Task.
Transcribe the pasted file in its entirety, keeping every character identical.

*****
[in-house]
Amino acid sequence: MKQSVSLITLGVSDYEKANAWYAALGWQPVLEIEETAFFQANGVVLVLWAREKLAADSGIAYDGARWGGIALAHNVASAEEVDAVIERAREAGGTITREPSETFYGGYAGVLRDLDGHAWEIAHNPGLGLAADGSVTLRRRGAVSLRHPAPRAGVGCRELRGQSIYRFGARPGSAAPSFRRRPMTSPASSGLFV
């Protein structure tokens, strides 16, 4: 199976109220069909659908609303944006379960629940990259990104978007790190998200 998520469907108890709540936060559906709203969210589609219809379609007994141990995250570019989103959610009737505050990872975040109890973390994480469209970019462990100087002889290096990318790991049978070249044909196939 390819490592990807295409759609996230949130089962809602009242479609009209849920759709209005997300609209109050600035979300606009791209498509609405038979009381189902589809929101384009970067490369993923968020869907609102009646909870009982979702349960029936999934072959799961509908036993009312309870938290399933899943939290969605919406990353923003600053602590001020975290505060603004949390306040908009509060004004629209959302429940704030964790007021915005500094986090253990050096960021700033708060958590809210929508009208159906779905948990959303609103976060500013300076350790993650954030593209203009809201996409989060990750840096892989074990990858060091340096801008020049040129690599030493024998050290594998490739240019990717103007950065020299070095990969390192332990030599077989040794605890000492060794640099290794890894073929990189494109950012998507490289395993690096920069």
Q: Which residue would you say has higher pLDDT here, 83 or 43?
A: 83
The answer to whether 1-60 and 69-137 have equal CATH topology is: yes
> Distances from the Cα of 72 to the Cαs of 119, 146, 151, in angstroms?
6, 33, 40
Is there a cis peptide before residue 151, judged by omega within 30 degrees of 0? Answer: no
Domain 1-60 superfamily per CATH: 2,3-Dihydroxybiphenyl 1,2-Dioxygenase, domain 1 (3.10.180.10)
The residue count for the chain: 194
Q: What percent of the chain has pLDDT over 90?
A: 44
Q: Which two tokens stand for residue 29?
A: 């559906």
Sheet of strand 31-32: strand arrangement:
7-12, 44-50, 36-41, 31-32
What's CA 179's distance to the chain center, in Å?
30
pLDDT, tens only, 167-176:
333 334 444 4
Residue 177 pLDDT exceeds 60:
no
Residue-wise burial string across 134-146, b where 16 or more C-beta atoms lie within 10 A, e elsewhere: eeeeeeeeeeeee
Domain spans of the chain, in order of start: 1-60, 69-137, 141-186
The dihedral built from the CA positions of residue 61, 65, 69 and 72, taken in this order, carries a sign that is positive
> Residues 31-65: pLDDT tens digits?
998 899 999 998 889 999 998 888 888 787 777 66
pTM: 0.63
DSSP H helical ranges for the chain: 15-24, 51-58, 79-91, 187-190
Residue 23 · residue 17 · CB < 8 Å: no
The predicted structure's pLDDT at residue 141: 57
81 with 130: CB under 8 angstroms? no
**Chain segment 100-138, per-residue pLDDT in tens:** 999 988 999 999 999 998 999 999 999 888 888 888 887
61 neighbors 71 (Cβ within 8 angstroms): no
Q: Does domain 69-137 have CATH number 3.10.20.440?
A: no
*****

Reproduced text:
[in-house]
Amino acid sequence: MKQSVSLITLGVSDYEKANAWYAALGWQPVLEIEETAFFQANGVVLVLWAREKLAADSGIAYDGARWGGIALAHNVASAEEVDAVIERAREAGGTITREPSETFYGGYAGVLRDLDGHAWEIAHNPGLGLAADGSVTLRRRGAVSLRHPAPRAGVGCRELRGQSIYRFGARPGSAAPSFRRRPMTSPASSGLFV
């Protein structure tokens, strides 16, 4: 199976109220069909659908609303944006379960629940990259990104978007790190998200 998520469907108890709540936060559906709203969210589609219809379609007994141990995250570019989103959610009737505050990872975040109890973390994480469209970019462990100087002889290096990318790991049978070249044909196939 390819490592990807295409759609996230949130089962809602009242479609009209849920759709209005997300609209109050600035979300606009791209498509609405038979009381189902589809929101384009970067490369993923968020869907609102009646909870009982979702349960029936999934072959799961509908036993009312309870938290399933899943939290969605919406990353923003600053602590001020975290505060603004949390306040908009509060004004629209959302429940704030964790007021915005500094986090253990050096960021700033708060958590809210929508009208159906779905948990959303609103976060500013300076350790993650954030593209203009809201996409989060990750840096892989074990990858060091340096801008020049040129690599030493024998050290594998490739240019990717103007950065020299070095990969390192332990030599077989040794605890000492060794640099290794890894073929990189494109950012998507490289395993690096920069």
Q: Which residue would you say has higher pLDDT here, 83 or 43?
A: 83
The answer to whether 1-60 and 69-137 have equal CATH topology is: yes
> Distances from the Cα of 72 to the Cαs of 119, 146, 151, in angstroms?
6, 33, 40
Is there a cis peptide before residue 151, judged by omega within 30 degrees of 0? Answer: no
Domain 1-60 superfamily per CATH: 2,3-Dihydroxybiphenyl 1,2-Dioxygenase, domain 1 (3.10.180.10)
The residue count for the chain: 194
Q: What percent of the chain has pLDDT over 90?
A: 44
Q: Which two tokens stand for residue 29?
A: 């559906």
Sheet of strand 31-32: strand arrangement:
7-12, 44-50, 36-41, 31-32
What's CA 179's distance to the chain center, in Å?
30
pLDDT, tens only, 167-176:
333 334 444 4
Residue 177 pLDDT exceeds 60:
no
Residue-wise burial string across 134-146, b where 16 or more C-beta atoms lie within 10 A, e elsewhere: eeeeeeeeeeeee
Domain spans of the chain, in order of start: 1-60, 69-137, 141-186
The dihedral built from the CA positions of residue 61, 65, 69 and 72, taken in this order, carries a sign that is positive
> Residues 31-65: pLDDT tens digits?
998 899 999 998 889 999 998 888 888 787 777 66
pTM: 0.63
DSSP H helical ranges for the chain: 15-24, 51-58, 79-91, 187-190
Residue 23 · residue 17 · CB < 8 Å: no
The predicted structure's pLDDT at residue 141: 57
81 with 130: CB under 8 angstroms? no
**Chain segment 100-138, per-residue pLDDT in tens:** 999 988 999 999 999 998 999 999 999 888 888 888 887
61 neighbors 71 (Cβ within 8 angstroms): no
Q: Does domain 69-137 have CATH number 3.10.20.440?
A: no